According to the World Health Organisation (WHO), there are nowhere near enough new antibiotics in development. But cutting-edge technology gives us a chink of hope in what could otherwise be seen as an intractable problem says Eriko Takano, Professor of Synthetic Biology at The University of Manchester, for World Antibiotic Awareness Week.
“A WHO report in February listed a worrying number of pathogens that threaten our health because there are fewer and fewer drugs that can treat the infections they cause. Indeed, since their 1960s heyday, the production of novel antibiotics has declined markedly and it’s been 30 years since a major new class of antibiotics for clinical use has been discovered. There are even cases of resistance to Vancomycin, used by doctors as an antibiotic of last resort.
“There are many reasons why the production of antibiotics has declined. Like all other drugs, they are expensive to develop, and the work required to find new viable compounds becomes more complex and time-consuming as time goes on. Between 80 and 90 per cent of antibiotics are derived from soil dwelling bacteria, actinomycetes. Until recently, scientists believed the possibilities of antibiotics production from many of these microbes were close to exhaustion.
“But thanks to the huge technological advances in recent years, our team at the University of Manchester’s Synthetic Biology Research Centre, SYNBIOCHEM, has been able to marry the strengths of biology with the power of engineering to find new ways to deal with this problem. Genome sequencing has provided new possibilities of finding potential antibiotic production pathways that are asleep in the genome of potentially every bacterium. Using synthetic biology we are able to rewrite the DNA sequences of the antibiotic biosynthesis pathways and introduce different enzymes for other organisms and then express the result in a given host. Actinomycetes, E. coli, and even yeast can have a part to play in this process and our analysis has shown that using this route, there are many potential pathways to make new compounds.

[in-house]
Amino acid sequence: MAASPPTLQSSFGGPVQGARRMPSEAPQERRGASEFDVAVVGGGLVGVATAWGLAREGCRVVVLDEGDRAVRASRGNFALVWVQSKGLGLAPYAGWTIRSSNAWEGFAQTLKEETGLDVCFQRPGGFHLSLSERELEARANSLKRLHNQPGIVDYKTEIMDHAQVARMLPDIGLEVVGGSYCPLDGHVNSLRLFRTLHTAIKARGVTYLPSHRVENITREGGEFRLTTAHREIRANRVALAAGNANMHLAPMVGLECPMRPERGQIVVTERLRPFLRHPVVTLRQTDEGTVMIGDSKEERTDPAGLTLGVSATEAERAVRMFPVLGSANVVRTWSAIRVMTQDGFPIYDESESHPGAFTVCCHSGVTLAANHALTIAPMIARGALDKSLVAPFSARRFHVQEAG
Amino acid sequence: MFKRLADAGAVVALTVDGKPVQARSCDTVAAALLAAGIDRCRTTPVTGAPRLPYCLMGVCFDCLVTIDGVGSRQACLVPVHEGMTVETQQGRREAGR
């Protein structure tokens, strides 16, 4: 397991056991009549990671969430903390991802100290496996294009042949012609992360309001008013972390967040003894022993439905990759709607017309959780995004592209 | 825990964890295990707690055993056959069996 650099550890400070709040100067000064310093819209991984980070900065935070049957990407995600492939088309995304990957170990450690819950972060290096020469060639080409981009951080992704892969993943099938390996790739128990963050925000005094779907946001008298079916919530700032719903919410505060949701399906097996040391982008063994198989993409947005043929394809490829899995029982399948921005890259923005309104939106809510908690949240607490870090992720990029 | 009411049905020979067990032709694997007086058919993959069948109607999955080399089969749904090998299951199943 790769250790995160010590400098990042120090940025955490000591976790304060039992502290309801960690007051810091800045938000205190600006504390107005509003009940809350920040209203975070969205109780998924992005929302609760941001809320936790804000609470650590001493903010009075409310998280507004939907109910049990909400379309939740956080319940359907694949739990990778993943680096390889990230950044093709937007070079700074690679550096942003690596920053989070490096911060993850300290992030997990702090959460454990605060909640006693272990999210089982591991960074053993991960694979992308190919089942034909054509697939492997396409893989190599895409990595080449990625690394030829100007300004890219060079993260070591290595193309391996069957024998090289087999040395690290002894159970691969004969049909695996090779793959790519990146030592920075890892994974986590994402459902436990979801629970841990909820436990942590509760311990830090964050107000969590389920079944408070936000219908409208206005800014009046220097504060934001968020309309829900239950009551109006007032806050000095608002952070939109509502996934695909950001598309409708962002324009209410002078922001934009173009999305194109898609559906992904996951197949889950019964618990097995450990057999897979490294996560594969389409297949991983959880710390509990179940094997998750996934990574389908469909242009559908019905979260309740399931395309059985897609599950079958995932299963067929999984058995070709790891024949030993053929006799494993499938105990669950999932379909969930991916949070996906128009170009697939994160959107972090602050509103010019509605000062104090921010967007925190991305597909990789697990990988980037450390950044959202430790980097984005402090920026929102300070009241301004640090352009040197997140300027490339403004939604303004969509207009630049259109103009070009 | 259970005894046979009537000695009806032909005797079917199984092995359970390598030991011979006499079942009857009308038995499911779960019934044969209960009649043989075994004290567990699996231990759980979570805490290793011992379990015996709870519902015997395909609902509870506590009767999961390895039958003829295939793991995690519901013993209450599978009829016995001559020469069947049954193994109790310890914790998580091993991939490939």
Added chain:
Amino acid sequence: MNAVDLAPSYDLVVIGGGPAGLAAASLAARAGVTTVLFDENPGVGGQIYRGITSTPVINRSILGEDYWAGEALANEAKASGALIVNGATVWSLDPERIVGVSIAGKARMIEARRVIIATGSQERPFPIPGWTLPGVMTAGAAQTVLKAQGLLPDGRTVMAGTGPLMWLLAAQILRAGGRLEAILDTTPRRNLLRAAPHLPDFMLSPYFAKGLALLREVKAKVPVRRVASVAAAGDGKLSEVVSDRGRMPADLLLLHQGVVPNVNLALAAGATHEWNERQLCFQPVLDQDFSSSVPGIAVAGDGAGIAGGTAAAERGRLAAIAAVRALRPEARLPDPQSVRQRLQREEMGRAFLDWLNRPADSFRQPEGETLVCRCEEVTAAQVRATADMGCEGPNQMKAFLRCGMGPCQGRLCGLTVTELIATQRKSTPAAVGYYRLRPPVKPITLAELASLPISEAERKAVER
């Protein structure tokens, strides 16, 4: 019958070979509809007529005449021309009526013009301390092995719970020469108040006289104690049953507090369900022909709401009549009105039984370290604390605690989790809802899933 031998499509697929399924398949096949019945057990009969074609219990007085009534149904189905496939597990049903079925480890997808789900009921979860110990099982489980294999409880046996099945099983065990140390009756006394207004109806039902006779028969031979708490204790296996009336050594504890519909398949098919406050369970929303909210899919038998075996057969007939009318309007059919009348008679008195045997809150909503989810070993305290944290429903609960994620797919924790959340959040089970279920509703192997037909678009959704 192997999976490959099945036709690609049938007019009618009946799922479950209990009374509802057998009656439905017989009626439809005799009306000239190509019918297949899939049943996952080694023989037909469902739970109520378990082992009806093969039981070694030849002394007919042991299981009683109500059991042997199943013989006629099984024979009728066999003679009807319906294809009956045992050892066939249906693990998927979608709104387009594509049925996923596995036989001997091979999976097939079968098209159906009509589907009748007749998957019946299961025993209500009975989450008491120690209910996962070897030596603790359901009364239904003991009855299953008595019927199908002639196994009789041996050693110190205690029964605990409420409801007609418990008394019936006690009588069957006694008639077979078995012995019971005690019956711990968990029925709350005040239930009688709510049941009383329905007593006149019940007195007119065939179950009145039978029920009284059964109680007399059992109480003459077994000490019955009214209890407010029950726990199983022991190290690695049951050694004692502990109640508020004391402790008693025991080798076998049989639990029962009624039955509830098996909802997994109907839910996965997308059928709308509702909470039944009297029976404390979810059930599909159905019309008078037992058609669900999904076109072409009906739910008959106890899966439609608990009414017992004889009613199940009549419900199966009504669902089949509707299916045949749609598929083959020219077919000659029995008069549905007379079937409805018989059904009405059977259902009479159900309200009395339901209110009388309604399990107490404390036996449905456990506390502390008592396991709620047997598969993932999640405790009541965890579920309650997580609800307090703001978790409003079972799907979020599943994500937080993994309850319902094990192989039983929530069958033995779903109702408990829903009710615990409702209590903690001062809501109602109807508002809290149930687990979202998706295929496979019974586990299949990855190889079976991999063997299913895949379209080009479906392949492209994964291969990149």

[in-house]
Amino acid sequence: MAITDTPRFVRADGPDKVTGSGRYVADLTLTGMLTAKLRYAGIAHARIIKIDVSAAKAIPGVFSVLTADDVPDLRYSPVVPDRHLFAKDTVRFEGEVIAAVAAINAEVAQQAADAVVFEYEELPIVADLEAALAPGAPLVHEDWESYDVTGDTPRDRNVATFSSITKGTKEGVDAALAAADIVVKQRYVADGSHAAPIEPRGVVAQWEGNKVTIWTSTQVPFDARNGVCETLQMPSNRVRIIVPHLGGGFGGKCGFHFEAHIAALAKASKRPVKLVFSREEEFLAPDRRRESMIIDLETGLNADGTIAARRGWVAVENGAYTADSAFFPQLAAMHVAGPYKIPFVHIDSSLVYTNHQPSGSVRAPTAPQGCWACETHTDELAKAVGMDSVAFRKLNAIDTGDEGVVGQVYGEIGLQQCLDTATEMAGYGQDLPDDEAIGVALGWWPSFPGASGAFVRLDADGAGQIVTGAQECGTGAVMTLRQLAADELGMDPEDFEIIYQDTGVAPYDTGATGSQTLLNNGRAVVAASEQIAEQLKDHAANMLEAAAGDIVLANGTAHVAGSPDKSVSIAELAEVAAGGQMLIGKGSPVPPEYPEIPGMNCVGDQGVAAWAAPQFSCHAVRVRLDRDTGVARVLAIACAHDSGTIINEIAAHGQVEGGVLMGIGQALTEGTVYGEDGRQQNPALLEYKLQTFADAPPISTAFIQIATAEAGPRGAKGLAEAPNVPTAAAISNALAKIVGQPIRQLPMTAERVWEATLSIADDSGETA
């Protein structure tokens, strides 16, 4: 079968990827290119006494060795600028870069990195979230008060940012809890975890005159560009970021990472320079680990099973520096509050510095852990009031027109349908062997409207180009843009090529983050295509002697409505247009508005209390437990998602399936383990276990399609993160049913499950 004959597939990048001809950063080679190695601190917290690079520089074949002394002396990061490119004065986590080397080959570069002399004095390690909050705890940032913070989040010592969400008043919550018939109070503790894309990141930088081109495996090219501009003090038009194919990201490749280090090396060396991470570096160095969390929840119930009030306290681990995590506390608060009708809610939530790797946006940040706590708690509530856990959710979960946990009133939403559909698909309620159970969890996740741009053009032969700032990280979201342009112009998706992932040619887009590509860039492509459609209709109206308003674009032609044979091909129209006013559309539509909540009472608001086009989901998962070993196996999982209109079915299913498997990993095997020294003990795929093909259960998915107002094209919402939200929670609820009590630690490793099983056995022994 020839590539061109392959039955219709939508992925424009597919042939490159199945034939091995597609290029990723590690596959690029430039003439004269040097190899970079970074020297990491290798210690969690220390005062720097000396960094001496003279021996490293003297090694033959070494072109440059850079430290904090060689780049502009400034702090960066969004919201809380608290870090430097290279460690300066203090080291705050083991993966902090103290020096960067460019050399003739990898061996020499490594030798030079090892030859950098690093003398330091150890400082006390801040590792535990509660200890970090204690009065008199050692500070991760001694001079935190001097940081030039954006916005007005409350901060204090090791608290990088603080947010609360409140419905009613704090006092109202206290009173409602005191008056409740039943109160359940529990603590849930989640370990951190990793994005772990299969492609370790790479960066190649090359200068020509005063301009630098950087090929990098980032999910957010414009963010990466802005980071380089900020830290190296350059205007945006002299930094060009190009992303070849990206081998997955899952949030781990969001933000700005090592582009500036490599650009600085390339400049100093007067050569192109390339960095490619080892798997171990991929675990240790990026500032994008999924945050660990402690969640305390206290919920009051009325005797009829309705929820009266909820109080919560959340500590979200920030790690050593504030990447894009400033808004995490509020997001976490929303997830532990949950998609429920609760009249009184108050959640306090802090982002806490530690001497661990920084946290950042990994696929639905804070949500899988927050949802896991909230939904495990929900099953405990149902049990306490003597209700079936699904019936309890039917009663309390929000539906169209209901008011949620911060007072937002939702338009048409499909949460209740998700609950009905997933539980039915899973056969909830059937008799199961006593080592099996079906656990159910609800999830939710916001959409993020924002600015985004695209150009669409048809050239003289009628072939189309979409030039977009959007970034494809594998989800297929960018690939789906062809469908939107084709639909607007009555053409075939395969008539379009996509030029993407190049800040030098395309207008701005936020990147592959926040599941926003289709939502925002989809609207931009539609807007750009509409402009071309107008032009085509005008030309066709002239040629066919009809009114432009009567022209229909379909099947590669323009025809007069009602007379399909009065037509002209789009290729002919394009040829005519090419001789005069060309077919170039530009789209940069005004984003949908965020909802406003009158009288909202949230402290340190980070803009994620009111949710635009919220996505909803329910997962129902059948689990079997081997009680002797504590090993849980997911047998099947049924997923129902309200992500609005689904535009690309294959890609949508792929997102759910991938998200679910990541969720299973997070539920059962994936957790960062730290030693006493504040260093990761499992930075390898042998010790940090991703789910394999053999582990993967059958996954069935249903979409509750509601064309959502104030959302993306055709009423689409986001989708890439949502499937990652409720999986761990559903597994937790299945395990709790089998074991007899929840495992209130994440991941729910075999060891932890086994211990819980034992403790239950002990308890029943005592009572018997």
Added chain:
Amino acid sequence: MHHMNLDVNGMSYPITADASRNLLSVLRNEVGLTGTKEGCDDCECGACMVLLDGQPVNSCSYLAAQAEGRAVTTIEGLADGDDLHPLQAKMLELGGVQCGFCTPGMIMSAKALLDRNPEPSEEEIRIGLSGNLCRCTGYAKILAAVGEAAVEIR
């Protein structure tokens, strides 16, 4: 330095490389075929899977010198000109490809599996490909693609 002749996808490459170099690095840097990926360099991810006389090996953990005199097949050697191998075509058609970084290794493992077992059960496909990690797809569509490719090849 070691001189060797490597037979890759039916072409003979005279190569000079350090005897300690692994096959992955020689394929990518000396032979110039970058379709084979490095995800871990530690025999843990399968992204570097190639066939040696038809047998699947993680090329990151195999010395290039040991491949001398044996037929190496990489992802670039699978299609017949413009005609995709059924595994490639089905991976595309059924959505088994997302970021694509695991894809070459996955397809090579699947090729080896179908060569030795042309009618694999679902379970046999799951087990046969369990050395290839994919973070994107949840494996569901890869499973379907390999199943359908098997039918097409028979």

“The problem is, manipulating the biosynthesis pathways and the host takes much time and effort. That is why robotics is so exciting as it allows us to carry out this type of research – which involves large volumes of repetitive tasks. While a single person can make and test ten compounds in, say, a year, a robot can make thousands. Thanks to our pioneering technologies, we believe that at the Manchester Synthetic Biology Research Centre, SYNBIOCHEM, there is a strong chance we will be in a position to trial new antibiotics created from synthetic biology in the near future. Our work with the Alderley Park Antimicrobial Resistance Centre,- a joint private-public initiative to support and accelerate the development of new antibiotics, is an incredibly important part of the mix, so these drugs can be brought to market quickly.”